Fitter comments: Aimed at better players who prefer more traditional performance and control. It certainly delivers the feel with the added bonus of more ball speed compared to previous iterations.

Srixon Z 785

Price: $999
Clubs: 3-AW
Stock shafts: Nippon Pro Modus3 Tour 105 and 120 steel

Srixon Z 785 iron.
Courtesy of Srixon

The Z 785 Irons are crafted for better players who crave the buttery feel and enhanced workability found in a compact, clean-lined forged carbon steel iron. The redesigned Tour V.T. Sole ensures maximum versatility, and the added mass behind the sweet spot further enhances ball maneuverability, making these irons ideal for golfers who want to shape their shots high, low and to either side. Put it this way: The Z 785 ions are the epitome of a modern player’s club, combining the feel and performance of a blade with a hint of cavity-back forgiveness.

Fitter comments: Better players and some mid-handicappers can game the 785 irons, which provide exceptional feel and surprising distance and forgiveness in a very traditional-looking forged blade.

Srizon Z 585

Price: $1,145
Clubs: 3-AW
Stock shafts: Nippon Pro Modus3 105 steel, Miyazaki Kaula graphite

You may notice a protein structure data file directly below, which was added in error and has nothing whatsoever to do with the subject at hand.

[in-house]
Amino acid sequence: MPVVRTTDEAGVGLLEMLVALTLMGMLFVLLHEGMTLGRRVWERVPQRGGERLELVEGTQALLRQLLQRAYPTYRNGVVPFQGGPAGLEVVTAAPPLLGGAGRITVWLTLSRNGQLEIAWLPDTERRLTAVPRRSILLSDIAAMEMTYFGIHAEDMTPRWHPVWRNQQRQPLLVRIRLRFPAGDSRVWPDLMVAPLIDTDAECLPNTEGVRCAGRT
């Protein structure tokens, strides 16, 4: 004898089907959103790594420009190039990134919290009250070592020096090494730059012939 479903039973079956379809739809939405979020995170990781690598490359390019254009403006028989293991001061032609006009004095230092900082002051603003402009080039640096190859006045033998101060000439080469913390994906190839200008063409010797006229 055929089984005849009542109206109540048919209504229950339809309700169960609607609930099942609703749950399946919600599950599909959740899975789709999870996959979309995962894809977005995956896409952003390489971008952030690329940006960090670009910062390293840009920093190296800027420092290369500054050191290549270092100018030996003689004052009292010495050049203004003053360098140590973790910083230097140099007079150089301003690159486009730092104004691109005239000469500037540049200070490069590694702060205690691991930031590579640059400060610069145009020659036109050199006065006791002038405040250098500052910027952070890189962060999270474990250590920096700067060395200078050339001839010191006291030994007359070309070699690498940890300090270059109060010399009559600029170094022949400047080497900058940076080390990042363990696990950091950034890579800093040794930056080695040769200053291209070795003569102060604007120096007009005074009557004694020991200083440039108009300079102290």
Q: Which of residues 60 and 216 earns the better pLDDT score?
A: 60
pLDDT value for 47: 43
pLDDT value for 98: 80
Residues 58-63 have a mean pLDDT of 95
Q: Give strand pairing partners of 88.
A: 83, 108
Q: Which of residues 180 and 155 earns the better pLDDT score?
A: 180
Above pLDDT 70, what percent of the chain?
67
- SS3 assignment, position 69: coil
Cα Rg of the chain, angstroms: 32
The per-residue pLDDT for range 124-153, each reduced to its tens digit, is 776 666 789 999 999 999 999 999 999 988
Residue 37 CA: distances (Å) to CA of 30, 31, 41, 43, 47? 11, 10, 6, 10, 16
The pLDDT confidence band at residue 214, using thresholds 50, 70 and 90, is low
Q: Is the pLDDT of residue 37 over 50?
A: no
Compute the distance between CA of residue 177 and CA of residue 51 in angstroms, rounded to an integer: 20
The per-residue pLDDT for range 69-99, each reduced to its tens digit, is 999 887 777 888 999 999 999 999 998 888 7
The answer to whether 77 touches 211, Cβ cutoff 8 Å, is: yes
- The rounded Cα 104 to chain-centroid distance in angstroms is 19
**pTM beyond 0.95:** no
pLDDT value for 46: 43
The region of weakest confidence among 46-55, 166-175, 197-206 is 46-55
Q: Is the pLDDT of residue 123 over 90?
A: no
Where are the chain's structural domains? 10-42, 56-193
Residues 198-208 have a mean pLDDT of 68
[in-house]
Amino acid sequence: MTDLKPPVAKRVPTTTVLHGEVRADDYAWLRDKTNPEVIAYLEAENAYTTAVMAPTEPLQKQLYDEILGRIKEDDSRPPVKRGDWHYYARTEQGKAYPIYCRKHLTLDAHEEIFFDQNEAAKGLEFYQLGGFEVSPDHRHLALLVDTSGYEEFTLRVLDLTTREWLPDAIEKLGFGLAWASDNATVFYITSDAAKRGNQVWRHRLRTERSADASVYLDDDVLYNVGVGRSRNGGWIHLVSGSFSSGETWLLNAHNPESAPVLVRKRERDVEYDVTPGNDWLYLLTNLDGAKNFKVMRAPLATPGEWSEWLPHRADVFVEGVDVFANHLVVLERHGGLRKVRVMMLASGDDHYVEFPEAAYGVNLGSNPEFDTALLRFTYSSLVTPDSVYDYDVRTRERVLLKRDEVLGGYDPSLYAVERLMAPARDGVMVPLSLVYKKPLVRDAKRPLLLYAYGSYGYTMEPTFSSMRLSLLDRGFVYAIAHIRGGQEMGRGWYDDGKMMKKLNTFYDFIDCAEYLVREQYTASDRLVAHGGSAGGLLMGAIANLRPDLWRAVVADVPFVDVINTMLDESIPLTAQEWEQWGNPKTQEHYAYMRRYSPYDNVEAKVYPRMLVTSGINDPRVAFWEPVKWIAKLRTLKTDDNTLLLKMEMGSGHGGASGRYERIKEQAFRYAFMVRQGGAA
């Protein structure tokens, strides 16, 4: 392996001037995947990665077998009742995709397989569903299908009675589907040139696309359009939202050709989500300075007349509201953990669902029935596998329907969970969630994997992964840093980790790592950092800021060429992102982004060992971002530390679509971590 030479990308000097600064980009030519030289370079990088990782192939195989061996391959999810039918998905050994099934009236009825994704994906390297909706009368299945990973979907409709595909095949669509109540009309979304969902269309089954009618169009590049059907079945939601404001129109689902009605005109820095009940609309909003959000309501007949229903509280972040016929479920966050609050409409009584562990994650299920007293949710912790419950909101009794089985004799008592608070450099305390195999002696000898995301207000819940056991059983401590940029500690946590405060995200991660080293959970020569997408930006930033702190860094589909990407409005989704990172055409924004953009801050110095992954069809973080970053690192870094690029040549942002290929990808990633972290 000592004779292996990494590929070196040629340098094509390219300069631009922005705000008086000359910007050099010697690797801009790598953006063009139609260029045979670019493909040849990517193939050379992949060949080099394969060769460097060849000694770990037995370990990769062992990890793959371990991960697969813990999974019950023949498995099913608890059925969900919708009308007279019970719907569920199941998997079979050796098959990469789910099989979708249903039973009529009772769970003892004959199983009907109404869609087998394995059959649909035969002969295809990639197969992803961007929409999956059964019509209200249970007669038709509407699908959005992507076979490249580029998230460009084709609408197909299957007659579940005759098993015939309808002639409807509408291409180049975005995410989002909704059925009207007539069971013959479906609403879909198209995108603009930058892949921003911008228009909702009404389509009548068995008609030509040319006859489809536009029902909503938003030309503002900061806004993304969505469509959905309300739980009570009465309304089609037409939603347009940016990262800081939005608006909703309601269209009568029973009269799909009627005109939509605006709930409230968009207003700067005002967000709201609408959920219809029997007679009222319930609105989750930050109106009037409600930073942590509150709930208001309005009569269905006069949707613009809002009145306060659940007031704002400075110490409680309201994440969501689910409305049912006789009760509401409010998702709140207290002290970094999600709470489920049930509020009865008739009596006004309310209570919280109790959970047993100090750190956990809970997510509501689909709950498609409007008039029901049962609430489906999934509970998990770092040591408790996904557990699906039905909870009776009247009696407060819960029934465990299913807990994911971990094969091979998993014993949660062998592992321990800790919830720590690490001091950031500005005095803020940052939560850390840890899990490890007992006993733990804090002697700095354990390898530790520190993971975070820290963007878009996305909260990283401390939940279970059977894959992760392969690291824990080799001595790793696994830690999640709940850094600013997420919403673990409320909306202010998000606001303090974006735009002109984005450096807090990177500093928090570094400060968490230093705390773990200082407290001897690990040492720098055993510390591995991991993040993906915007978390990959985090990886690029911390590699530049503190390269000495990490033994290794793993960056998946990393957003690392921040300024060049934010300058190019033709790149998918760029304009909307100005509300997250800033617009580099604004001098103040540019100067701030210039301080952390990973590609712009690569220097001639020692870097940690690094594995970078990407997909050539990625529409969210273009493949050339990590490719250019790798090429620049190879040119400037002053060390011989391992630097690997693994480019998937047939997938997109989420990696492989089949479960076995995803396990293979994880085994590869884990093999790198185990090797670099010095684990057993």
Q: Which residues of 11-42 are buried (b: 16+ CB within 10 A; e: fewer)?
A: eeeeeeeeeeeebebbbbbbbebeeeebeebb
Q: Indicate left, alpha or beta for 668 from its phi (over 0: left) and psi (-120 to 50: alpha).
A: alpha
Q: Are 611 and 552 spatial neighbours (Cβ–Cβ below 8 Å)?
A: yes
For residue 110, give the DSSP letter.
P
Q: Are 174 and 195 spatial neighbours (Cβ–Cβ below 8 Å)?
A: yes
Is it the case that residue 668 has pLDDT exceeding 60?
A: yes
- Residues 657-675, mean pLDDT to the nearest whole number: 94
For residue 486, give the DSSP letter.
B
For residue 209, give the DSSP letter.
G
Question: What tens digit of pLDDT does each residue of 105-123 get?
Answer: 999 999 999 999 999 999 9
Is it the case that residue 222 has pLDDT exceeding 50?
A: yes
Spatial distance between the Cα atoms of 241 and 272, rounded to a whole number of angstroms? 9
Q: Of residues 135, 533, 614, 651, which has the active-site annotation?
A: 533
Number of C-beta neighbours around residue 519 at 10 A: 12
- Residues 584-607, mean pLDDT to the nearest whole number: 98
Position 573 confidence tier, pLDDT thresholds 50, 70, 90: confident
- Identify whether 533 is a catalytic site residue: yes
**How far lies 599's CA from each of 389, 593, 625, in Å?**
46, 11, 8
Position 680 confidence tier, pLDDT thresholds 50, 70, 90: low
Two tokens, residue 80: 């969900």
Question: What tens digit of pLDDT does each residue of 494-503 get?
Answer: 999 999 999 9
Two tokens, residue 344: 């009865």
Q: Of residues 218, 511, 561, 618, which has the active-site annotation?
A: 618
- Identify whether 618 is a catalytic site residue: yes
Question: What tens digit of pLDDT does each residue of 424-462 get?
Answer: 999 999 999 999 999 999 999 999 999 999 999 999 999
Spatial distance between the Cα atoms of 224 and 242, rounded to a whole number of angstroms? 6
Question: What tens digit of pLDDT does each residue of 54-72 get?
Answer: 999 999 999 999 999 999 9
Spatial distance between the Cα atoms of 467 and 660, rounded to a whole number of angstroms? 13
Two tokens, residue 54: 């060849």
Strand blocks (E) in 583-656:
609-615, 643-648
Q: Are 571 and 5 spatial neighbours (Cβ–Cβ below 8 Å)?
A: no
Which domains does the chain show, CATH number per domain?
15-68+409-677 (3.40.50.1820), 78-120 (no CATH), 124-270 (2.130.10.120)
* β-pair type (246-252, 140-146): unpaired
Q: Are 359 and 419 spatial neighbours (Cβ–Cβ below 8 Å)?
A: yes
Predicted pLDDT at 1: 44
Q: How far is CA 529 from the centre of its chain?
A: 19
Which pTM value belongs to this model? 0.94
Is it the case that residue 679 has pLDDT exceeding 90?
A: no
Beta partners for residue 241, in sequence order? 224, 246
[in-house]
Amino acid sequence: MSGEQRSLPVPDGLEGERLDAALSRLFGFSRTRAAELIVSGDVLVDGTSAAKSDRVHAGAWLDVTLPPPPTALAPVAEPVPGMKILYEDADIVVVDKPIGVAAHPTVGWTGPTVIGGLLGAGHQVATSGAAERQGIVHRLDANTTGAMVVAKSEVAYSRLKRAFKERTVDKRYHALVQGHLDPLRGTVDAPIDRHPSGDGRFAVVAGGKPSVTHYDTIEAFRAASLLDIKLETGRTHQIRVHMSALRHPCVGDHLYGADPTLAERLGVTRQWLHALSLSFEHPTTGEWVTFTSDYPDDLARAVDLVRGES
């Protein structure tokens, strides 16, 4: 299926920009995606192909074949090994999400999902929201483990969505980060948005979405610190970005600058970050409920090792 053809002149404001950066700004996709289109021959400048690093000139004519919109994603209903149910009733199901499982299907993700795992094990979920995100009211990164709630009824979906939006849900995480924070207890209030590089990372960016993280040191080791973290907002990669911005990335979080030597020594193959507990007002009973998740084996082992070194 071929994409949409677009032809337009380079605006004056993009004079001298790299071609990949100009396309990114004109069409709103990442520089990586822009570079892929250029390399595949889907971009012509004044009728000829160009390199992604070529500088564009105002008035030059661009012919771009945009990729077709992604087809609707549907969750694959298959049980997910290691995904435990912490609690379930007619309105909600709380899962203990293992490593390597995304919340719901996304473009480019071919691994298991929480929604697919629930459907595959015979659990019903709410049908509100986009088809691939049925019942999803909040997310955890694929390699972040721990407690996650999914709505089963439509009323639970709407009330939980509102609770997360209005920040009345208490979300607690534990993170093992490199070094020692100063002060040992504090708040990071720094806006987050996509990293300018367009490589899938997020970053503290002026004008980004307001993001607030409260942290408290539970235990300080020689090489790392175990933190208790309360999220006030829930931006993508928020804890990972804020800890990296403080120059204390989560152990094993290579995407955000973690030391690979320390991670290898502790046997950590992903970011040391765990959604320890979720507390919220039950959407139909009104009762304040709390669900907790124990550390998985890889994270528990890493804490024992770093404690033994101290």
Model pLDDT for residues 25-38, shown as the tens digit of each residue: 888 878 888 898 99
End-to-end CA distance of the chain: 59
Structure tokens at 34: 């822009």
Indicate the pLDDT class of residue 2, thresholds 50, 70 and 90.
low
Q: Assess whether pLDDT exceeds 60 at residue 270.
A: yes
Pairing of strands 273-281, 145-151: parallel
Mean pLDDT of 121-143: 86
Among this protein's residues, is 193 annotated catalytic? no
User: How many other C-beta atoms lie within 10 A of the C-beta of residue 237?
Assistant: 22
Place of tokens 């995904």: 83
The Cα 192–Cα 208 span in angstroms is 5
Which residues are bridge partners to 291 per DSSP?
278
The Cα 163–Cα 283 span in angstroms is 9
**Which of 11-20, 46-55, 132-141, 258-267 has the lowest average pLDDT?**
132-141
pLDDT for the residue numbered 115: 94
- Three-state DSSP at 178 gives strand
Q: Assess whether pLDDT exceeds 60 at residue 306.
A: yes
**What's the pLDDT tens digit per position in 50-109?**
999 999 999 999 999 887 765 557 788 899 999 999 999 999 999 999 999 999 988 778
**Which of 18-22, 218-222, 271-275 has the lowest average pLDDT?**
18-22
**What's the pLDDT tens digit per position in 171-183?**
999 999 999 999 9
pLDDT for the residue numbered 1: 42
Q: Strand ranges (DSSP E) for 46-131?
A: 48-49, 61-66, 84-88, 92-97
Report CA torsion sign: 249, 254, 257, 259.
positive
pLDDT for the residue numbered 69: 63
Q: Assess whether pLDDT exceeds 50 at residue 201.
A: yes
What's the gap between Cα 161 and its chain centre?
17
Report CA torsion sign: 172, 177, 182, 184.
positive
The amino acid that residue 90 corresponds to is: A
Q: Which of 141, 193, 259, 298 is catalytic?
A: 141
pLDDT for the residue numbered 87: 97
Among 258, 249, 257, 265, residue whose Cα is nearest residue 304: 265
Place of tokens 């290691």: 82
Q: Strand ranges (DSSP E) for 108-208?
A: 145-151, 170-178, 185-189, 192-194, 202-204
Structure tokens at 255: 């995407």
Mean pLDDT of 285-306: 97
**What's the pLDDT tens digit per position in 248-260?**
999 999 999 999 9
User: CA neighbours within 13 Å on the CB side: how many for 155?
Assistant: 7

Srixon Z 585 iron.
Courtesy of Srixon

Mixing Tour-level maneuverability with added forgiveness, the forged Z 585 irons are some of Srixon’s most advanced irons to date (surpassing the previous Z 565s). The Speed Groove located around the rear perimeter of the clubface houses an SUP10 face insert for more face flex, resulting in added forgiveness and distance. Speaking of forgiveness, the longer irons have wider soles for less digging through impact, and all irons in the set have Laser Milling technology on the face for added spin. It’s not uncommon for golfers to mix this set with the Z 785s in the shorter irons for even greater shotmaking versatility.

Fitter comments: Almost anyone can benefit from the impressive distance, feel and enhanced turf interaction, though these are best for low- and mid-handicappers. Could be worth a look from some higher-handicaps, too.

Srixon U85

Price: $199
Lofts: 18˚, 20˚, 23˚, 26˚, 29˚
Stock shaft: UST Recoil 95 graphite

Srixon Z U85 iron.
Courtesy of Srixon

Sporting a hollow body and compact shape, the Z U85 utility irons combine forgiveness with shotmaking control from the tee or fairway. The all-forged design has a 1020 carbon steel frame and Srixon’s Laser Milled SUP10 face, resulting in a classic, soft feel with a boost in distance. You’d never know that the Z U85s are two-piece, hollow-body clubs, thanks to the iron-like address profile. And that buttery feel is a welcome surprise considering how long these irons are. Available in 2- through 6-iron models, the Z U85s fit in nicely with Srixon’s Z 585 irons for an ideal mixed set.